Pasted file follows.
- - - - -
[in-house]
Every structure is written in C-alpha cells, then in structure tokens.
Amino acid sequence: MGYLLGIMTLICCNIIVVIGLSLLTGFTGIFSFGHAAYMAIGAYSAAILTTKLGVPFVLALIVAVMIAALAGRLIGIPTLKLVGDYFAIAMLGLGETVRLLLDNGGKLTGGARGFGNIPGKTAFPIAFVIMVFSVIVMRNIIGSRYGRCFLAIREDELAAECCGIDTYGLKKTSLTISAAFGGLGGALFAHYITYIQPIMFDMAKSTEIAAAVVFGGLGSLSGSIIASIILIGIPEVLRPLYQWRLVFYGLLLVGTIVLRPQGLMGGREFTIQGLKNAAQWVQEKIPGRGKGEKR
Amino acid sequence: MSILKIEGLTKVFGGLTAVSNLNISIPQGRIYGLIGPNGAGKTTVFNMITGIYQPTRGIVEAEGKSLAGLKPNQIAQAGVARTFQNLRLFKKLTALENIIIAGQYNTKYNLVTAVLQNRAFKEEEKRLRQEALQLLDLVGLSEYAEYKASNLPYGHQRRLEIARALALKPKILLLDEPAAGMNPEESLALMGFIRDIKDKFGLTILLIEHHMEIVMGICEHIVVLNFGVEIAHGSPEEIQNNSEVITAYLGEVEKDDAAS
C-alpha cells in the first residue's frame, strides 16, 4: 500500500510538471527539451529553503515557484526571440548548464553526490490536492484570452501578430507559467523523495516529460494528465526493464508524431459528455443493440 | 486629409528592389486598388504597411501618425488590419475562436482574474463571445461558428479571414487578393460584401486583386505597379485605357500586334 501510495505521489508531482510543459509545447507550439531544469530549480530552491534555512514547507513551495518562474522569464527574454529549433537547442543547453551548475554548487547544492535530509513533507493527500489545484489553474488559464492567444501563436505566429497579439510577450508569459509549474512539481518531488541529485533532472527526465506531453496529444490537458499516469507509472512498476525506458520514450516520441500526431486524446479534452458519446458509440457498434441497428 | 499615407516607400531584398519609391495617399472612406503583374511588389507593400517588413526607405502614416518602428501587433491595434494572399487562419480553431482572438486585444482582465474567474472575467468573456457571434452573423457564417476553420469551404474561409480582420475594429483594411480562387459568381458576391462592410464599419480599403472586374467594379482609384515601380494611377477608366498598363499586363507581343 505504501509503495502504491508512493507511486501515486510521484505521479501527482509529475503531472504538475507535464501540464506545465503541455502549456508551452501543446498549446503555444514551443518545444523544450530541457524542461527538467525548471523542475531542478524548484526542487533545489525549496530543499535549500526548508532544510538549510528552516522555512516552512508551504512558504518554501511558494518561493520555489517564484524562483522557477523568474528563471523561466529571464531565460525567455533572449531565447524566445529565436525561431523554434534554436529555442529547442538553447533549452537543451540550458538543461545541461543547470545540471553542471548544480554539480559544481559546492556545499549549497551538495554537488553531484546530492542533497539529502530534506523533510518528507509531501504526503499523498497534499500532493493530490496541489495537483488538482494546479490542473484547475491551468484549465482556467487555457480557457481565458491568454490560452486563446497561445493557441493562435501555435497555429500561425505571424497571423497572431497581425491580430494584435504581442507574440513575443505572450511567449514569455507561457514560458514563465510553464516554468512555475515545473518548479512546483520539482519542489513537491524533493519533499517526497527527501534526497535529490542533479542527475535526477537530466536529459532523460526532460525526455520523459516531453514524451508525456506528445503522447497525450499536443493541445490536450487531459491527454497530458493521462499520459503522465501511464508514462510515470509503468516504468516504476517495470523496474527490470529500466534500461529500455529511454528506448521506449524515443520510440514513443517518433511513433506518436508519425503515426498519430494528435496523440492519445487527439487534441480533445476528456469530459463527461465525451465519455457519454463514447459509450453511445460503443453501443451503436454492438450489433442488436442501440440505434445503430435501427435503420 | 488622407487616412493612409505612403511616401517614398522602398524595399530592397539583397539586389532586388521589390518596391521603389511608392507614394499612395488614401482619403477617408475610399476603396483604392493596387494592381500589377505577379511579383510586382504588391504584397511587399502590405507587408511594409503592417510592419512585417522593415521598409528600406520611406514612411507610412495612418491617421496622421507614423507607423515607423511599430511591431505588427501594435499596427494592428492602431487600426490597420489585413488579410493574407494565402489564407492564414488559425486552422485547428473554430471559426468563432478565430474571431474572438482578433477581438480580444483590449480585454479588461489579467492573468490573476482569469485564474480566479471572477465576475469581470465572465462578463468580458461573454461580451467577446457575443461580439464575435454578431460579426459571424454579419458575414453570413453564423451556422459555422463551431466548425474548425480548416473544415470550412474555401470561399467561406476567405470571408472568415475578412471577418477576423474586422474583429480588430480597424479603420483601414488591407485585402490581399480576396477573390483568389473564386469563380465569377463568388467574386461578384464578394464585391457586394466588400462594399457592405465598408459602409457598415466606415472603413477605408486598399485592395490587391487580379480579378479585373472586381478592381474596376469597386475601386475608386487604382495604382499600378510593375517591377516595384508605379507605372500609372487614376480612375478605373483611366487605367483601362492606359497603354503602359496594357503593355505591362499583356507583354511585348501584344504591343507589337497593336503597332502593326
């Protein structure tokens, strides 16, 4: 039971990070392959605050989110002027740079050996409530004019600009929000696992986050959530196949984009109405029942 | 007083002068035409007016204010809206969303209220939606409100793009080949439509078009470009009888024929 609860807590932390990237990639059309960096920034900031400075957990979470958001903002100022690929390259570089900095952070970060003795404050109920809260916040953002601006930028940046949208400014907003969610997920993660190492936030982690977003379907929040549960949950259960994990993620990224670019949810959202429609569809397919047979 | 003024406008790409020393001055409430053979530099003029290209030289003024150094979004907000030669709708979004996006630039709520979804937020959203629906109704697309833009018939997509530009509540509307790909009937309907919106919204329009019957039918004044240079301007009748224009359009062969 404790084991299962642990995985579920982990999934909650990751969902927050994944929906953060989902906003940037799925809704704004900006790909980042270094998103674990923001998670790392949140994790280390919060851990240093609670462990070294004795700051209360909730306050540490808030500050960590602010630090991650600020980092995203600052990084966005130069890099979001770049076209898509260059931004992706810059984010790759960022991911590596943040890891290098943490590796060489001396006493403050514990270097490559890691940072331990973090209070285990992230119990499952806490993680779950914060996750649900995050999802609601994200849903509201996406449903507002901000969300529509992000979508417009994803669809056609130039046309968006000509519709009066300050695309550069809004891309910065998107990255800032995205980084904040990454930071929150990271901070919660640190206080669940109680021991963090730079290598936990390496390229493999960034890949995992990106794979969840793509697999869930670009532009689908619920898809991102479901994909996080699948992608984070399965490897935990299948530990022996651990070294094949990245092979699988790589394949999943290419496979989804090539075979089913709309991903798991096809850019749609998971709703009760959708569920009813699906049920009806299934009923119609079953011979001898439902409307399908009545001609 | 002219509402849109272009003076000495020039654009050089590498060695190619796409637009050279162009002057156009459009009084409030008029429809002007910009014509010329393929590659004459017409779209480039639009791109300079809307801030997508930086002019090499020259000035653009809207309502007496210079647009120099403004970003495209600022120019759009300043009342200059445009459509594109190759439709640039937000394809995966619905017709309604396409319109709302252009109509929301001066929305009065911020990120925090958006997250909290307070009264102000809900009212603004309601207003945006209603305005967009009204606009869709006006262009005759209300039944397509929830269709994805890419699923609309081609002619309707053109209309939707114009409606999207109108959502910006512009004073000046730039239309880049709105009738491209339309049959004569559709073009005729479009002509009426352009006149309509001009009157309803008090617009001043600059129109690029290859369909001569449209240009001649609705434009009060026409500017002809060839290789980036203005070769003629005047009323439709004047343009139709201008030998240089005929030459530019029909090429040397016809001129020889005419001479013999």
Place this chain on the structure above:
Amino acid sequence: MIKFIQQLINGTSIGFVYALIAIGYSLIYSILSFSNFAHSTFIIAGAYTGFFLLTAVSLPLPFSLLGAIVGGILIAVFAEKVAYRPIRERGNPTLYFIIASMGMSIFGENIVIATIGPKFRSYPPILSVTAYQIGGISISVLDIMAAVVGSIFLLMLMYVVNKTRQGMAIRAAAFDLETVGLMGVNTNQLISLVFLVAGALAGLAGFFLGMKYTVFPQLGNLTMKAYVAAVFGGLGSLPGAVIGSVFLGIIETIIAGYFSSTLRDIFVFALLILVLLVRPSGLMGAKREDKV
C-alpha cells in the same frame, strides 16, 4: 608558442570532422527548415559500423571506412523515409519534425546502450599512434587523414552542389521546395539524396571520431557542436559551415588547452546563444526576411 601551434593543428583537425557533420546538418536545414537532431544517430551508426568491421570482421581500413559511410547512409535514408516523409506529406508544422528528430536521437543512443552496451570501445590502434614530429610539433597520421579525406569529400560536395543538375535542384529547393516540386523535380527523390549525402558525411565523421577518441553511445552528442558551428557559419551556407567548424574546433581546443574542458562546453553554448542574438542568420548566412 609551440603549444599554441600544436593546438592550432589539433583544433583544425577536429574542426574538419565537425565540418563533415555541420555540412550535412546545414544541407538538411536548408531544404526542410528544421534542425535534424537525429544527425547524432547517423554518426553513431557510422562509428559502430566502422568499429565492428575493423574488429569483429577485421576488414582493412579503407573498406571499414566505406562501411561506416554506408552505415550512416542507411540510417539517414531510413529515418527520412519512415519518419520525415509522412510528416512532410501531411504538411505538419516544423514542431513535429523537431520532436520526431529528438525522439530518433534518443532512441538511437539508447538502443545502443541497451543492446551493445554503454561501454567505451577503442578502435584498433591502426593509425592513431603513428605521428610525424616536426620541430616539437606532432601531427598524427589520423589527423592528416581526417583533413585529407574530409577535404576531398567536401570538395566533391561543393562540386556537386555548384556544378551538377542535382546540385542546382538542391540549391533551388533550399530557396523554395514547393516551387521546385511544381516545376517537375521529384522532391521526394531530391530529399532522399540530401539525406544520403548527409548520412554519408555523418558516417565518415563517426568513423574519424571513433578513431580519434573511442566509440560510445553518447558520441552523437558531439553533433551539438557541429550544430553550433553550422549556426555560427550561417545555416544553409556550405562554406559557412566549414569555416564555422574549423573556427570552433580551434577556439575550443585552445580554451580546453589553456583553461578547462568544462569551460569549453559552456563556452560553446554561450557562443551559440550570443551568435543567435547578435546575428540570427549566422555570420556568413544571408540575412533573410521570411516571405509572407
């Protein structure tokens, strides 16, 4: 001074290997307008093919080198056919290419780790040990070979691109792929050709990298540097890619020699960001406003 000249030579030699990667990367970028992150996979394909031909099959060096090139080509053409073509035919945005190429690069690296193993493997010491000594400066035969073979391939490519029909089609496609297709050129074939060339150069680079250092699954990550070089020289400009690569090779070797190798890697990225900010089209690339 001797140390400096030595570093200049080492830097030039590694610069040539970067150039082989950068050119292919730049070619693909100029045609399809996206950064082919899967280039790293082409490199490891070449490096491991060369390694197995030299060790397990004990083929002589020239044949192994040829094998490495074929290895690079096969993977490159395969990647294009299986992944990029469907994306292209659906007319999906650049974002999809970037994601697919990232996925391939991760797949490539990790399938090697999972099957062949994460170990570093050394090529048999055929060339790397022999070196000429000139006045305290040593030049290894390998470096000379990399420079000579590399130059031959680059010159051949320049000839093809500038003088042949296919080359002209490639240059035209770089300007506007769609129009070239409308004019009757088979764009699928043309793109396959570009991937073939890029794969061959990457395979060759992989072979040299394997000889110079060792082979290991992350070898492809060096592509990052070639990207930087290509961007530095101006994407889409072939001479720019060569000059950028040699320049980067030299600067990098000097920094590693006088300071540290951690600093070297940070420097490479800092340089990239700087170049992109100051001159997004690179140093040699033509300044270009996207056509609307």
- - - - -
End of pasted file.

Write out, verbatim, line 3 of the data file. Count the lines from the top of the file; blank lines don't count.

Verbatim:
Amino acid sequence: MGYLLGIMTLICCNIIVVIGLSLLTGFTGIFSFGHAAYMAIGAYSAAILTTKLGVPFVLALIVAVMIAALAGRLIGIPTLKLVGDYFAIAMLGLGETVRLLLDNGGKLTGGARGFGNIPGKTAFPIAFVIMVFSVIVMRNIIGSRYGRCFLAIREDELAAECCGIDTYGLKKTSLTISAAFGGLGGALFAHYITYIQPIMFDMAKSTEIAAAVVFGGLGSLSGSIIASIILIGIPEVLRPLYQWRLVFYGLLLVGTIVLRPQGLMGGREFTIQGLKNAAQWVQEKIPGRGKGEKR